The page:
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Sir George Deas, Lord Deas (1804–1887) was a Scottish judge.


Lord Deas' huge townhouse at 32 Heriot Row, Edinburgh
The grave of Sir George Deas, Warriston Cemetery

Deas, son of Francis Deas of Falkland, Fife, was born in 1804. Sir David Deas, naval medical officer, was his brother. He acquired the rudiments of knowledge in various schools in Falkland, Milnathort in Kinross, and Perth, and in 1817 entered a writer's office in Perth. Having spent some time there, and also in the office of a writer in Cupar, he came to Edinburgh, where he pursued his legal studies, and also attended various classes at the University of Edinburgh obtaining prizes in logic, metaphysics, moral philosophy, and law.

He was called to the Scottish bar in 1828, where he soon acquired considerable practice. In 1833, "George Deas, advocate", is listed as living at 33 Scotland Street in Edinburgh's New Town, ground floor and basement accommodation in a high quality tenement.[1]

In 1840 he received the appointment of Advocate depute, an office to which he was reappointed in 1846, and which he held until 1850. He was made Sheriff of Ross and Cromarty in 1850–51 and Solicitor General for Scotland from 1851–52. He was created a permanent lord ordinary of the court of session, with the judicial title of Lord Deas, and a judge of exchequer in May 1853, and a Lord Commissioner of Justiciary in April 1854. He was knighted in 1858.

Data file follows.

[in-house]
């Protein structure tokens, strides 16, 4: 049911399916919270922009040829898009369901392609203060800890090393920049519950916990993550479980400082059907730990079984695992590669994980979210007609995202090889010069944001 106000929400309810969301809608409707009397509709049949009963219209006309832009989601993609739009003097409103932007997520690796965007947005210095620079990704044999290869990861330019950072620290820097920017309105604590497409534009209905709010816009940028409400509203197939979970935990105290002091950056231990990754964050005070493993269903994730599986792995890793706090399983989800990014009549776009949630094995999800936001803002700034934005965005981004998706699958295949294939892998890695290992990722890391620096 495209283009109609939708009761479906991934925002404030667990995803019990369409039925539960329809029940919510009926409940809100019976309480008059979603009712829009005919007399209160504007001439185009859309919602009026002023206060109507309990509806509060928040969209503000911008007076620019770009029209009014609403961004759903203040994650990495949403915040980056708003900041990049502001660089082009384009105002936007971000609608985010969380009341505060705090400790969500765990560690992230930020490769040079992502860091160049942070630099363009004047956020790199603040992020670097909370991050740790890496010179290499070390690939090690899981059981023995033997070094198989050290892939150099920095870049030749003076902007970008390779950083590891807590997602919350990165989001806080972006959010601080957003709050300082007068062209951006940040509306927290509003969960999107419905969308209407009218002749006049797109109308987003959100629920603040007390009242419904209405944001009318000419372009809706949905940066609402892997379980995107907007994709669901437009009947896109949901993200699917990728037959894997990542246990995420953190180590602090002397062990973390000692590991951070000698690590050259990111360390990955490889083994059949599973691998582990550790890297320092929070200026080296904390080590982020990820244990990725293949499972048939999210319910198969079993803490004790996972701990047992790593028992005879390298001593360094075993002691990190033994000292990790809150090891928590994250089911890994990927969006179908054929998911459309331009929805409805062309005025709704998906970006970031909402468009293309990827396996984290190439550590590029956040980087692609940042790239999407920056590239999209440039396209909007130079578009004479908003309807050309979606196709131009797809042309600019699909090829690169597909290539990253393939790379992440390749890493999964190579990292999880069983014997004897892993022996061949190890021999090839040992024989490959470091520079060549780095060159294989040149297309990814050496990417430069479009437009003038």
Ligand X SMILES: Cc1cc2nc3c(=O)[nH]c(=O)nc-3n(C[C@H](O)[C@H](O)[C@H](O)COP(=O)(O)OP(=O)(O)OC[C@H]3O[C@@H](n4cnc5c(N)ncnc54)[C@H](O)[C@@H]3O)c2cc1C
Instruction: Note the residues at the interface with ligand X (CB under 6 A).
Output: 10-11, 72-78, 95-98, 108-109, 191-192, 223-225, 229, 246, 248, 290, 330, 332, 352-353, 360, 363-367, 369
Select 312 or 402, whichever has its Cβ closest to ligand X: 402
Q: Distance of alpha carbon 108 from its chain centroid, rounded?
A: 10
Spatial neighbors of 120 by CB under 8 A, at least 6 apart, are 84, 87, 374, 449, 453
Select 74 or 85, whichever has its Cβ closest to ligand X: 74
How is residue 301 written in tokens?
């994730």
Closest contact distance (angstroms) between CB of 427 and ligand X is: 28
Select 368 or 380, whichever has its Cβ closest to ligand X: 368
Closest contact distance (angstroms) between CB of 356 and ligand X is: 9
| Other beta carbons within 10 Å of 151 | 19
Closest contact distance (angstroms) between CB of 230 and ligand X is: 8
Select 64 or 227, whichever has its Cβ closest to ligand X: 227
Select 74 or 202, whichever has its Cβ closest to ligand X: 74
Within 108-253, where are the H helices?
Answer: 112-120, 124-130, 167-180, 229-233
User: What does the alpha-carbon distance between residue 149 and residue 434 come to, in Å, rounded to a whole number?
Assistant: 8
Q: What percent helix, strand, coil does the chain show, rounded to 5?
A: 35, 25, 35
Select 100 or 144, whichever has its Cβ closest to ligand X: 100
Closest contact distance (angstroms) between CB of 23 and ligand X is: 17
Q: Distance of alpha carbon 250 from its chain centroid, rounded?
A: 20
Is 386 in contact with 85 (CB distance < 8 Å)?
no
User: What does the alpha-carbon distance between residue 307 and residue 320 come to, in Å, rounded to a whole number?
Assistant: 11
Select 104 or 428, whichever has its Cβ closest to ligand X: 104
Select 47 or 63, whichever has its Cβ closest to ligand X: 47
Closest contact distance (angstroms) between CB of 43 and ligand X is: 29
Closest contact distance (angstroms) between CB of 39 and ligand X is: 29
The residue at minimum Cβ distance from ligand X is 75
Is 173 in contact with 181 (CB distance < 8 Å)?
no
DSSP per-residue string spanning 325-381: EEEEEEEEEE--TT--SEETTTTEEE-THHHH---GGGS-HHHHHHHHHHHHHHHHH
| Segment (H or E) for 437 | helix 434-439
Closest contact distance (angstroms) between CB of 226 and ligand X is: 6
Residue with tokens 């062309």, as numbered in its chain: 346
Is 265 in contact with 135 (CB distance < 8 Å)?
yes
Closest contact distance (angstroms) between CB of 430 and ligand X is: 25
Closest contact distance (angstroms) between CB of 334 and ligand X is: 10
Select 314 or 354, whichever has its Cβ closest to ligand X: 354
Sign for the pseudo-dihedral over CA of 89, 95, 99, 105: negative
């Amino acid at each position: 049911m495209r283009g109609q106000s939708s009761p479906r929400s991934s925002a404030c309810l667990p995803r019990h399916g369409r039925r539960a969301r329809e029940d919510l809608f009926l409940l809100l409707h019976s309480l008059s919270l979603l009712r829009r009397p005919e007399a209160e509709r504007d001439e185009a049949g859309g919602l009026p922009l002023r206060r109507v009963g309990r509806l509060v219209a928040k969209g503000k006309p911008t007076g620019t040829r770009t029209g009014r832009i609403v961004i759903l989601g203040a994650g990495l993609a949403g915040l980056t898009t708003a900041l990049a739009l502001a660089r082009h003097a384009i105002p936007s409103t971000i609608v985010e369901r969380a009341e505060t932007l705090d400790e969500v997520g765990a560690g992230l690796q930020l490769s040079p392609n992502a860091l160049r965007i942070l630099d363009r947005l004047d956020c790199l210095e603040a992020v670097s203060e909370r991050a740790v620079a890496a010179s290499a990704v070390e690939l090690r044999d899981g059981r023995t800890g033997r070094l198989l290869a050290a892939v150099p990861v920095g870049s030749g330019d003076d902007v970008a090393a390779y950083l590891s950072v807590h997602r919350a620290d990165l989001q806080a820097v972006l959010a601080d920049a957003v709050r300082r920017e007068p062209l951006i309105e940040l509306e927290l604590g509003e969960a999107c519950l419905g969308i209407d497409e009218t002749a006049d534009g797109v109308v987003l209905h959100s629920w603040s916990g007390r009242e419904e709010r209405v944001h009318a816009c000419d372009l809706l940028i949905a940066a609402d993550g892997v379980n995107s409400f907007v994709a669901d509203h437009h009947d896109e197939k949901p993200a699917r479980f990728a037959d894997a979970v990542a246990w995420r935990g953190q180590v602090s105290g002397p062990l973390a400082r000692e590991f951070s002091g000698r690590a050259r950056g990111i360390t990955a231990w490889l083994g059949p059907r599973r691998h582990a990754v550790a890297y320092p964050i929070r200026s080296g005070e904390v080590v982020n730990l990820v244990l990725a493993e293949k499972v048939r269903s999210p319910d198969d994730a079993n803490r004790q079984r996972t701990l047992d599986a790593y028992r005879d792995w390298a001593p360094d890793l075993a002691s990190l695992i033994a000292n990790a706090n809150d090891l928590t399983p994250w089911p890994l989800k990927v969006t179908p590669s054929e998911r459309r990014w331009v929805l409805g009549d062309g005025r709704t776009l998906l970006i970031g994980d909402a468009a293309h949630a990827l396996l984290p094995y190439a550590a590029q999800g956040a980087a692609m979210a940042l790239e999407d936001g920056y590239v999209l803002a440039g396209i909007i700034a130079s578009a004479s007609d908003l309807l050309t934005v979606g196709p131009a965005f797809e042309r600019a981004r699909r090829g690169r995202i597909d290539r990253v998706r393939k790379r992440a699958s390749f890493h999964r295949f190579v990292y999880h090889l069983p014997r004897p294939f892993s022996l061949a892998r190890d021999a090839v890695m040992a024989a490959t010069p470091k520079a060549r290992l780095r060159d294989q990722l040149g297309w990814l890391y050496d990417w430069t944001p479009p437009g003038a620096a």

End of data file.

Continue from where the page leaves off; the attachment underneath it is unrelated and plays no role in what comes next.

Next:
As an advocate he was distinguished rather by strong logical faculty than by eloquence. He proved himself an acute and painstaking judge; and though he was seldom deterred from making a caustic remark by the fear of giving pain, his disposition is said to have been kindly. He spoke with a broad Scots accent.

Deas married, first, in 1838, Margaret, only daughter of Sylvester Reid, and secondly, in 1857, the widow of Sir Benjamin Fonseca Outram, CB, MD.

Pittendreich House, Lasswade, was built in 1857 for Deas, and he also owned Hartwoodhill estate in North Lanarkshire.[2] In 1860 he lived at 3 Moray Place on the Moray Estate in Edinburgh.[3]

He died on 7 February 1887 at his residence, 32 Heriot Row, Edinburgh.

He is buried against the east wall of Warriston Cemetery in north Edinburgh, near the sealed northern gate. With him lie his wife, Dame Sally Outram (1818–1899) and son, Francis Deas FRSE (1838–1874) an advocate and amateur microscopist.[4]


  1. ^ "Edinburgh Post Office annual directory, 1832-1833". National Library of Scotland. Retrieved 19 January 2018.
  2. ^ "Pittendreich House, Lasswade (C) Jeff Wells". Retrieved 19 January 2018.
  3. ^ Edinburgh Post Office Directory 1860
  4. ^
Legal offices
Preceded by
John Cowan
Solicitor General for Scotland
Succeeded by
John Inglis